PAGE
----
"I believe that our job is not to tell our submarine crews how to do their jobs, but rather to create every opportunity for them to succeed" Kriete said. "Our job is not about us. It's all about the submarine crews There is no limit to what they can achieve if we all pull together in the same direction, with a steady strain every day."

JBPHH Holds Change of Command

By Karen S. Spangler, Joint Base Pearl Harbor-Hickam Public Affairs

PEARL HARBOR (NNS) -- Capt. Jeffrey W. James relinquished command of Joint Base Pearl Harbor-Hickam (JBPHH) to Capt. Stanley Keeve Jr. during a change of command ceremony held on Ford Island, July 11. James took command of JBPHH on June 3, 2011.

James is retiring from the U.S. Navy after 30 years of service and plans to stay in Hawaii.
"I've lived here longer than I've lived anywhere else in my life. This is where we're staying after I transition out of the Navy," he said.

"This is my home now. Hawaii means a great deal to me and my family. We've been welcomed, and we've really embraced the aloha spirit. I really enjoy the culture, a lot that Hawaii has to offer. It's been great to serve here." James said.

"I look forward to being able to continue to join the community as we stay here beyond my Navy time and be part of the community and still have something to give back," he added.

James also had some advice to offer to Keeve as he takes command of joint base. "Aside from running the base, it's really about establishing and nurturing relationships we've got with the community," James said.

Prior to taking command of joint base, James served on the staff of Commander, U.S. Pacific Fleet at Pearl Harbor. His previous afloat assignments have included commanding officer of USS Hopper (DDG 70) and USS Pioneer (MCM 9) and as operations officer on USS Elliott (DD 967).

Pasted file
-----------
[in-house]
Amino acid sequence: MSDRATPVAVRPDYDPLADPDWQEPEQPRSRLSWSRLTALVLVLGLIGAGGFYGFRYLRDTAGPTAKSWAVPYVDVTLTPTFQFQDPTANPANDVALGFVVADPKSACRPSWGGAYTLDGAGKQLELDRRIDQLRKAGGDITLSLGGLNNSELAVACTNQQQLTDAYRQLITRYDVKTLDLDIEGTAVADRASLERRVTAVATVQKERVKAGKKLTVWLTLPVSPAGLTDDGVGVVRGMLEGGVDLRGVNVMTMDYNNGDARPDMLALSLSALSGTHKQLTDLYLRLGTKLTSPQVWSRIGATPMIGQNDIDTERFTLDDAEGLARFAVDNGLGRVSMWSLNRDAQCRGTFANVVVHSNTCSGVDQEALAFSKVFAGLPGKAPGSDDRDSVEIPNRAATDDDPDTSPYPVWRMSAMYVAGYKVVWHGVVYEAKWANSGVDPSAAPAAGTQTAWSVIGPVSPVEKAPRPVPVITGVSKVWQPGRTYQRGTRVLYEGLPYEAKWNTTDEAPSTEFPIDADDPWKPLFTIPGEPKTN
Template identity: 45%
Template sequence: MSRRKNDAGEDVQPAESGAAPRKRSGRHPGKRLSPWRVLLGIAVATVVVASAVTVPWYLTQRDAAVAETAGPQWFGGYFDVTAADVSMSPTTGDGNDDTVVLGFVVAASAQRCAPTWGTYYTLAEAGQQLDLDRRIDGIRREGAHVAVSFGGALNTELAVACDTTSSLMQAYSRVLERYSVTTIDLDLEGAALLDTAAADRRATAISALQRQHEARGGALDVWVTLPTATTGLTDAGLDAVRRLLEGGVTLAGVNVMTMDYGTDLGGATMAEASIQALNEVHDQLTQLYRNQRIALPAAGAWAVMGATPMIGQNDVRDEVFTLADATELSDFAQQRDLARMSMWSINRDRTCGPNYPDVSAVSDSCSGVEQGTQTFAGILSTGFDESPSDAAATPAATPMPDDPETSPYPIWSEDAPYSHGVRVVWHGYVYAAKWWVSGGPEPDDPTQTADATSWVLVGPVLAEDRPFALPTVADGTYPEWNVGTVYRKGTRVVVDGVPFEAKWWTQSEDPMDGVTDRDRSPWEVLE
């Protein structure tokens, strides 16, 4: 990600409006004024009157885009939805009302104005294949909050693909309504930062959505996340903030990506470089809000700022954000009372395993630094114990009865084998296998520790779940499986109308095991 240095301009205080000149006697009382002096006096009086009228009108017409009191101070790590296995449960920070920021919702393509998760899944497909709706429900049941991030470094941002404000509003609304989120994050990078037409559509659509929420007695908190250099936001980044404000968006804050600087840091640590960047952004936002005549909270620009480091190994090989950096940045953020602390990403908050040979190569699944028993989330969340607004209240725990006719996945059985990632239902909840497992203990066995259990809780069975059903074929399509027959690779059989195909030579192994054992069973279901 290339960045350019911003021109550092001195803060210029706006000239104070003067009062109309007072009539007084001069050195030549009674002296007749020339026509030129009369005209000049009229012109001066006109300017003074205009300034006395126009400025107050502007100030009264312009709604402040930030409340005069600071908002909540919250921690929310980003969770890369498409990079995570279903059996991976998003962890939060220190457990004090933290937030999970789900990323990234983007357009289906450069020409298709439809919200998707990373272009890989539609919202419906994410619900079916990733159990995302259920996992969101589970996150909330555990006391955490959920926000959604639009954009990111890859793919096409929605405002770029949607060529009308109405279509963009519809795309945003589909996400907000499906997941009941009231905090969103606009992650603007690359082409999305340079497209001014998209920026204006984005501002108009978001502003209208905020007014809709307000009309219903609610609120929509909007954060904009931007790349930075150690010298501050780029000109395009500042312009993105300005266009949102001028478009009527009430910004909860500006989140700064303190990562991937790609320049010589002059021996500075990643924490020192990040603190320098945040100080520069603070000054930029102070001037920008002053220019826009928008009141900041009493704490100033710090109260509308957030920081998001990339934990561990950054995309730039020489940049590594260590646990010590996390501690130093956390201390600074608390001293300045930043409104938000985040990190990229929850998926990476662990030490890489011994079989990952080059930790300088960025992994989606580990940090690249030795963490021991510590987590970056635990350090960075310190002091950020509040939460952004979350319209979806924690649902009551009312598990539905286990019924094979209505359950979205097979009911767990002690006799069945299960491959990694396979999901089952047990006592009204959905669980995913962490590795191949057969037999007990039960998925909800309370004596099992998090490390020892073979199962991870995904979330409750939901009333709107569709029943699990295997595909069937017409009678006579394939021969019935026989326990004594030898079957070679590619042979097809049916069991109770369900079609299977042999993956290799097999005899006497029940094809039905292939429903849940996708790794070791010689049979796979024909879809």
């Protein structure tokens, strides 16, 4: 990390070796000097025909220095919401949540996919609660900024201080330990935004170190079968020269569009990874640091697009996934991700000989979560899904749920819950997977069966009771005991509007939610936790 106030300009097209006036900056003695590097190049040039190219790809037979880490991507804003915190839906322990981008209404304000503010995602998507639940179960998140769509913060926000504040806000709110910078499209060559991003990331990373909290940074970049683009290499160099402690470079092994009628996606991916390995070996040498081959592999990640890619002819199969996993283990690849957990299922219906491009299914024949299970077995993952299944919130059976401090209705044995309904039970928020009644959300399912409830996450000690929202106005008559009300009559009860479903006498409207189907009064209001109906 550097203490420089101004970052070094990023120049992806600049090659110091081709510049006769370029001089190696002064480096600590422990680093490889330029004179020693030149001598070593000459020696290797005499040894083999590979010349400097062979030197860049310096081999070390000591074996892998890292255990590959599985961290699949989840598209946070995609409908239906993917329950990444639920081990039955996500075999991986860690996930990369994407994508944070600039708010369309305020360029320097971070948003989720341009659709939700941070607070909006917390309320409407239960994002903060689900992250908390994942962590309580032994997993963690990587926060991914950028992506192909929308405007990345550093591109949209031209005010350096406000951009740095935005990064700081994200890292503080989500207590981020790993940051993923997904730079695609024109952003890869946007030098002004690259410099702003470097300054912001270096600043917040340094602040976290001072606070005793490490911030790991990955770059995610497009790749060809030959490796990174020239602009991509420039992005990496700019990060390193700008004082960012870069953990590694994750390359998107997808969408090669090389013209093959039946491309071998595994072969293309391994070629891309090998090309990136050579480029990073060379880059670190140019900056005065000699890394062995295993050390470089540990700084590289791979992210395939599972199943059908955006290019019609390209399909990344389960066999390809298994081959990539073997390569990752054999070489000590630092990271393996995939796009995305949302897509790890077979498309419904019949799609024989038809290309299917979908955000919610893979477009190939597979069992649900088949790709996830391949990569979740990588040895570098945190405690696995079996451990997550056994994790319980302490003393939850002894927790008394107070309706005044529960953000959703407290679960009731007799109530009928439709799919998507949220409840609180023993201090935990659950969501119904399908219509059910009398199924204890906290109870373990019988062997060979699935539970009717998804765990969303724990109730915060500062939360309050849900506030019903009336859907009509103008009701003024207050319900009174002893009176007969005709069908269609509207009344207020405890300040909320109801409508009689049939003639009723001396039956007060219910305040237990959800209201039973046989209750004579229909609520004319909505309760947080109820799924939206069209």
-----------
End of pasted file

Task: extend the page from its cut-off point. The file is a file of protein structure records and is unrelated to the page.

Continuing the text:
He served as an ordnance officer and navigator on USS Flatley (FFG 21). He also completed tours of duty at Naval Personnel Command and U.S. Northern Command.

Rear Adm. Rick Williams, commander of Navy Region Hawaii and Naval Surface Group Middle Pacific, was the guest speaker for the ceremony. He praised James for his leadership of joint base.

"As commander of Joint Base Pearl Harbor-Hickam, Capt. James has been directly responsible for the Navy's third largest fleet concentration area with more than 87,000 Sailors, Soldiers, Airmen, Marines, their families, Department of Defense civilians and contractors at the Navy's best homeport. Joint base is the home to the U.S. Pacific Fleet, submarine forces, U.S. Pacific Fleet, Hawaii Air National Guard and Pacific Air Force's key strategic flight line in the Pacific," Williams said.

"Capt. James' leadership has been critical in ensuring warfighting readiness, focusing on supporting forward operations, building strong partnerships, and meeting the needs of service members and their families. He built strong ties with our friends and neighbors in the community-fostering education, understanding and a real sense of aloha through the annual makahiki and in events with the Navy League, Chamber of Commerce and other groups," he said.

Keeve's previous assignment was as military assistant to the Defense Business Board in the Pentagon.

A surface warfare officer, he served tours of duty on USS Reuben James (FFG 57), USS Philippine Sea (CG 58), USS Guardian (MCM 5) and USS Roosevelt (DDG 80). Some of his other assignments have included flag aide to the commander, U.S. 6th Fleet, commander of NATO Strike Forces Southern Europe, and director of professional development at the U.S. Naval Academy.

"Having served on a frigate homeported in Pearl Harbor 20 years ago, I've always had fond memories of my time on Oahu. Getting the opportunity to serve again on the island and to command such an important and historic joint installation is a great honor," Keeve said.

"I will endeavor to do my very best to lead and serve the men and women of Joint Base Pearl Harbor-Hickam and to be a good partner with our neighboring towns and communities," he said.

Williams offered welcoming remarks to the new commander.

"Today, we welcome Capt. Stanley Keeve to beautiful Hawaii. Capt. Keeve brings a wealth of experience and skills to the base and to the waterfront. He has already hit the ground running-getting involved, showing his concern for Sailors and their families, and ready and willing to make a difference. He is the right leader at the right time with the right skill set, and I'm looking forward to seeing what he will accomplish in the months ahead," Williams said.